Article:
The National Institute for Health and Care Excellence (Nice) in the UK has recommended the use of real-time continuous glucose monitoring (rtCGM) or intermittently scanned glucose monitoring (isCGM) devices to treat children with type 2 diabetes.

These two technologies have been selected to replace the ‘burdensome’, ‘tiring’ and ‘stressful’ tasks of finger prick testing and insulin therapy.

Designed to offer a continuous stream of real-time data on a smartphone, both devices were already recommended for children with type 1 diabetes.

The recommendation has been made considering the changes made to NICE’s guidelines concerning the diagnosing and managing of type 1 and type 2 diabetes in children and young people.

A discrete sensor is attached to the body to track both current and past glucose levels. It also provides a prediction of the direction in which glucose levels are heading, enabling individuals to administer insulin and stabilise their levels as required.

NICE has recommended the utilisation of an isCGM device, commonly referred to as flash monitoring, as a substitute for real-time devices.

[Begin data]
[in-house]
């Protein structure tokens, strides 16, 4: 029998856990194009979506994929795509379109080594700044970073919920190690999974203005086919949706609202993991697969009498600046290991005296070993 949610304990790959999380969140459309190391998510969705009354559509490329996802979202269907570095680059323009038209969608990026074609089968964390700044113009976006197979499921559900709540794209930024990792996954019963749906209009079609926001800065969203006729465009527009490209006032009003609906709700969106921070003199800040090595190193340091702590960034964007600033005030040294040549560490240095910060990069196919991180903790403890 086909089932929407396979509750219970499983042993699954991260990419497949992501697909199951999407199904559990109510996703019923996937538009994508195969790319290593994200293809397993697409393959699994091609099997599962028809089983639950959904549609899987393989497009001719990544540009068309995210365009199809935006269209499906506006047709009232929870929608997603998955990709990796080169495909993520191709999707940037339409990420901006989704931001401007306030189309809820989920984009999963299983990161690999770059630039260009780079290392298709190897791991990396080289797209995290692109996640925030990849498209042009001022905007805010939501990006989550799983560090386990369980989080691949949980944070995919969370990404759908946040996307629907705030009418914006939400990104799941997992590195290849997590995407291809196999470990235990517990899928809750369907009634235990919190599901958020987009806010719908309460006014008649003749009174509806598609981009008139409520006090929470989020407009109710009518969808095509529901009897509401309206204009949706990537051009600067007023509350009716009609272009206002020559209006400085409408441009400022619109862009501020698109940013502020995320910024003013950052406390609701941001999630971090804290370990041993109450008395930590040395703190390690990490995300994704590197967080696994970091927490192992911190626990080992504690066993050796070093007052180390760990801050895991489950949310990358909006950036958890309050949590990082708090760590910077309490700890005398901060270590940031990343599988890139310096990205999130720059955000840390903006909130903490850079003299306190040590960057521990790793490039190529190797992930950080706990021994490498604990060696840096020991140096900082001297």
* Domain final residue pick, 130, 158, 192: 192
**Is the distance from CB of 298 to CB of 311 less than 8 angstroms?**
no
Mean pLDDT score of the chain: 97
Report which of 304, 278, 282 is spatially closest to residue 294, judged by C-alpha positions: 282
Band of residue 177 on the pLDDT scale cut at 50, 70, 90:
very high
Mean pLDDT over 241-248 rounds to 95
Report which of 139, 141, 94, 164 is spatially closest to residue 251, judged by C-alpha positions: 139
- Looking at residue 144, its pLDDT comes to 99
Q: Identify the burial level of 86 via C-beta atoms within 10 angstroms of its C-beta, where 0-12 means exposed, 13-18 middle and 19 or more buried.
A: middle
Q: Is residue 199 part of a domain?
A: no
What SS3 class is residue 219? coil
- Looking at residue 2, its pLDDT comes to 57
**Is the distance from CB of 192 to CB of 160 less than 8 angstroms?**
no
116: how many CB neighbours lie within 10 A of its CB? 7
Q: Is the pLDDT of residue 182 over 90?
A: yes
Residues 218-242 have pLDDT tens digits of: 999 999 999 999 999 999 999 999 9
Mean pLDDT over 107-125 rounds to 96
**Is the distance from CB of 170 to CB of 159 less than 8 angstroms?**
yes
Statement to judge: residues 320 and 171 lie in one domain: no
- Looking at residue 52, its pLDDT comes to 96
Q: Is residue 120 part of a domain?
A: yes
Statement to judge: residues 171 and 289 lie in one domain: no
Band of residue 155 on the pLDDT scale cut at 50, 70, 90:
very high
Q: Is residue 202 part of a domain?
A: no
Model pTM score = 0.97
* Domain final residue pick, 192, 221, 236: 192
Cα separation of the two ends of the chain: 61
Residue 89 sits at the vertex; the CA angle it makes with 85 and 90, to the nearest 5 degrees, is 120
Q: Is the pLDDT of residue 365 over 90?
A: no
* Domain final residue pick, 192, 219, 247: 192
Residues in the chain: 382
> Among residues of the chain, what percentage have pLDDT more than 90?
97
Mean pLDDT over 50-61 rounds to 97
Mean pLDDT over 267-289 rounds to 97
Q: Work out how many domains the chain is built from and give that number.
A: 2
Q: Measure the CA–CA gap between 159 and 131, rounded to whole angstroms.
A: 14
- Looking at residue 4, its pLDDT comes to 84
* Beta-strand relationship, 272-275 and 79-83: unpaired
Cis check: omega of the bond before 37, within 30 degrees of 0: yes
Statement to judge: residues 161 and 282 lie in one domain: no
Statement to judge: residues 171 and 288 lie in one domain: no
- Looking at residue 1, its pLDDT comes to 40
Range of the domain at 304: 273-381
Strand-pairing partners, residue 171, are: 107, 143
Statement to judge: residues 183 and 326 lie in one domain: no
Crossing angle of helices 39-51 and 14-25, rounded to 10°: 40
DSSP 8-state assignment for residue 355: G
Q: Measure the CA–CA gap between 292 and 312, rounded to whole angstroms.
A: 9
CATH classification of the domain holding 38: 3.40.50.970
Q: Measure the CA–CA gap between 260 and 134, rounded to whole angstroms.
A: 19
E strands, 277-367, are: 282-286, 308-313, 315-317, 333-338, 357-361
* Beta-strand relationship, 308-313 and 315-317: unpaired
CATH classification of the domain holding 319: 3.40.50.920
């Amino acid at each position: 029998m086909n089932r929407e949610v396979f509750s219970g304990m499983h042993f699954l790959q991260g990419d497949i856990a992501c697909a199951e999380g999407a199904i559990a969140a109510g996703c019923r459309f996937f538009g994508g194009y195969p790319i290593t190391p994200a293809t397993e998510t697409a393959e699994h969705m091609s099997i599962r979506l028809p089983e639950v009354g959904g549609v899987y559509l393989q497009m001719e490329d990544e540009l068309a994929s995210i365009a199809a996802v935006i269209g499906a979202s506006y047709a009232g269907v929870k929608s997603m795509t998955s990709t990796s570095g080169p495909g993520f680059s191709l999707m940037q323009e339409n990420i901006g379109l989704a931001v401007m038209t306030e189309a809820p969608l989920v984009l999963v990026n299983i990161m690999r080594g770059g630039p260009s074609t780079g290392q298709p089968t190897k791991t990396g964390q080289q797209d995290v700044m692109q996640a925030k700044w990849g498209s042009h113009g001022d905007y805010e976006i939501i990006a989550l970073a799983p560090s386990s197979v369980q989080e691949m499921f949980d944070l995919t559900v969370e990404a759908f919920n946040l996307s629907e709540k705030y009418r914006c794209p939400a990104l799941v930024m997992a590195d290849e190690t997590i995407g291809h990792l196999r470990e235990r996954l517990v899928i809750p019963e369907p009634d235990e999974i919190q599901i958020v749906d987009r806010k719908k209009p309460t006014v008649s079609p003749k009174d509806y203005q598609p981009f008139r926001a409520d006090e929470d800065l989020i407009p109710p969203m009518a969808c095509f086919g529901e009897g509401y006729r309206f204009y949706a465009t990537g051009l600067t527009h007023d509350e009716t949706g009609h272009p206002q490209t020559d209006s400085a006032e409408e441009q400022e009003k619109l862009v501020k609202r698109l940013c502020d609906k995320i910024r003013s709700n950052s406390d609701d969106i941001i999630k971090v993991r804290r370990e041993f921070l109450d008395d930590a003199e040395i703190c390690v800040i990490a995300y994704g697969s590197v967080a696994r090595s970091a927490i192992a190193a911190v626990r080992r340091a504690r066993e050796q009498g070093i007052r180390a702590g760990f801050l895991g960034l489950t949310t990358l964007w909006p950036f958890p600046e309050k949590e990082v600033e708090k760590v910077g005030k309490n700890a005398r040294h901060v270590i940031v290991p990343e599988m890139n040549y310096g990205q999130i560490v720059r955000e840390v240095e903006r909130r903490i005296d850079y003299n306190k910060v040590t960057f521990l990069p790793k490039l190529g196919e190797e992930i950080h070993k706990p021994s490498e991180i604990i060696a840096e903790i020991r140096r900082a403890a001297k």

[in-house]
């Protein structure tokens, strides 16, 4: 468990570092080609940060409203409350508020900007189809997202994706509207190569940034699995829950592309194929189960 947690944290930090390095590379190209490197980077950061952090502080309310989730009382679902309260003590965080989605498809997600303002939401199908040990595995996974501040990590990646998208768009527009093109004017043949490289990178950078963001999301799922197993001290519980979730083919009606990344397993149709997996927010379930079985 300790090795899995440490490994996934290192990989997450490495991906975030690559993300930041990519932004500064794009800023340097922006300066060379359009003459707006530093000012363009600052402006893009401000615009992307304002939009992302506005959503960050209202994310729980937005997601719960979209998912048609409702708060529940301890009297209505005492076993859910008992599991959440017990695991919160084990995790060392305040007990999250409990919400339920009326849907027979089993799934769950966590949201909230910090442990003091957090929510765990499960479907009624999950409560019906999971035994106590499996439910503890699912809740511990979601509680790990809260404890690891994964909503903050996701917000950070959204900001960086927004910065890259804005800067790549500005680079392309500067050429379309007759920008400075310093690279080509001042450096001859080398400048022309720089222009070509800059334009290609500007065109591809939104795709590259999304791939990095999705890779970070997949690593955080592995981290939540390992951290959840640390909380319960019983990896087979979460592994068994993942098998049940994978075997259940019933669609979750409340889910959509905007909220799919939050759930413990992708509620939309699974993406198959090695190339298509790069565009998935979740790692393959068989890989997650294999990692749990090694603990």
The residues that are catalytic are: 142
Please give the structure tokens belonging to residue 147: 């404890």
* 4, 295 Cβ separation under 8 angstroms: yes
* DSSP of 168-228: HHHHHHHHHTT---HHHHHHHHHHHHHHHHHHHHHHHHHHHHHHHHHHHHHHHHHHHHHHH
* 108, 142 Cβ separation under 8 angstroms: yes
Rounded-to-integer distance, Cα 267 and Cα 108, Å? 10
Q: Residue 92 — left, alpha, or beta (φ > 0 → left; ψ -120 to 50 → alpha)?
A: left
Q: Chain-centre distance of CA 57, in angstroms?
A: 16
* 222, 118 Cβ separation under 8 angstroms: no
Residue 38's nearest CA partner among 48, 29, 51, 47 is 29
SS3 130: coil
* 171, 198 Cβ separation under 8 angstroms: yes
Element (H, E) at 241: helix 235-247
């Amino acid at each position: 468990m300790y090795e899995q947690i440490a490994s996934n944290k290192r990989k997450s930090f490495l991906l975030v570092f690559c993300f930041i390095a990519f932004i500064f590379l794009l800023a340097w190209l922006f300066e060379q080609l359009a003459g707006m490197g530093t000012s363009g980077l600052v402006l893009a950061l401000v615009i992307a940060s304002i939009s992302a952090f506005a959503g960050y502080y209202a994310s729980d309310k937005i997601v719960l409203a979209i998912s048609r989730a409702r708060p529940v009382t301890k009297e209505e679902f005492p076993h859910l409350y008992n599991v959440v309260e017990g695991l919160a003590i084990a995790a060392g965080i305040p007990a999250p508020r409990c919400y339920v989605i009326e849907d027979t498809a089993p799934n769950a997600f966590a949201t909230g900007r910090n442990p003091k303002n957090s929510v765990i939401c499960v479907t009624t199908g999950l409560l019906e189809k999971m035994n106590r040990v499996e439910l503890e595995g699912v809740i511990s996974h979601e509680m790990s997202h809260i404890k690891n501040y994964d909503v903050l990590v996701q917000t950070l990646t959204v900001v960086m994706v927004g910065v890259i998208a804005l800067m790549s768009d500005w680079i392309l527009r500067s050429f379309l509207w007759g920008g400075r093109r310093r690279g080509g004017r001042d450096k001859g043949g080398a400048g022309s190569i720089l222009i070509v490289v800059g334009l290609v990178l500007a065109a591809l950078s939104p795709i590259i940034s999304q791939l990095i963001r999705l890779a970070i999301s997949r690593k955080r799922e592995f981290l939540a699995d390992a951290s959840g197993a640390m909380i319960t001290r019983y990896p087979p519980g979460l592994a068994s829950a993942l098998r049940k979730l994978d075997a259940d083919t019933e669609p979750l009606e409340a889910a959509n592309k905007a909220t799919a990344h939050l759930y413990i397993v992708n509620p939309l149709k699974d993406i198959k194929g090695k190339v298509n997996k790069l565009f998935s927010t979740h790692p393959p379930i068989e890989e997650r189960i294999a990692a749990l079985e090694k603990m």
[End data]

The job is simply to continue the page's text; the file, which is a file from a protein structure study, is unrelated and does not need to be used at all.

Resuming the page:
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Research has revealed that both real-time and flash devices enable a person to maintain optimal blood sugar levels.

NICE Clinical Directorate programme director Dr Judith Richardson said: “Type 2 diabetes in children is the most aggressive form of the disease and recommending new technology is a clear step towards giving children on insulin therapy the ability to manage their own condition in a less invasive way and to live happier and healthier lives.

“Improvements made in managing a child’s diabetes at an early stage can reduce the health impact of the condition later in their lives and the potential impact on the health service.”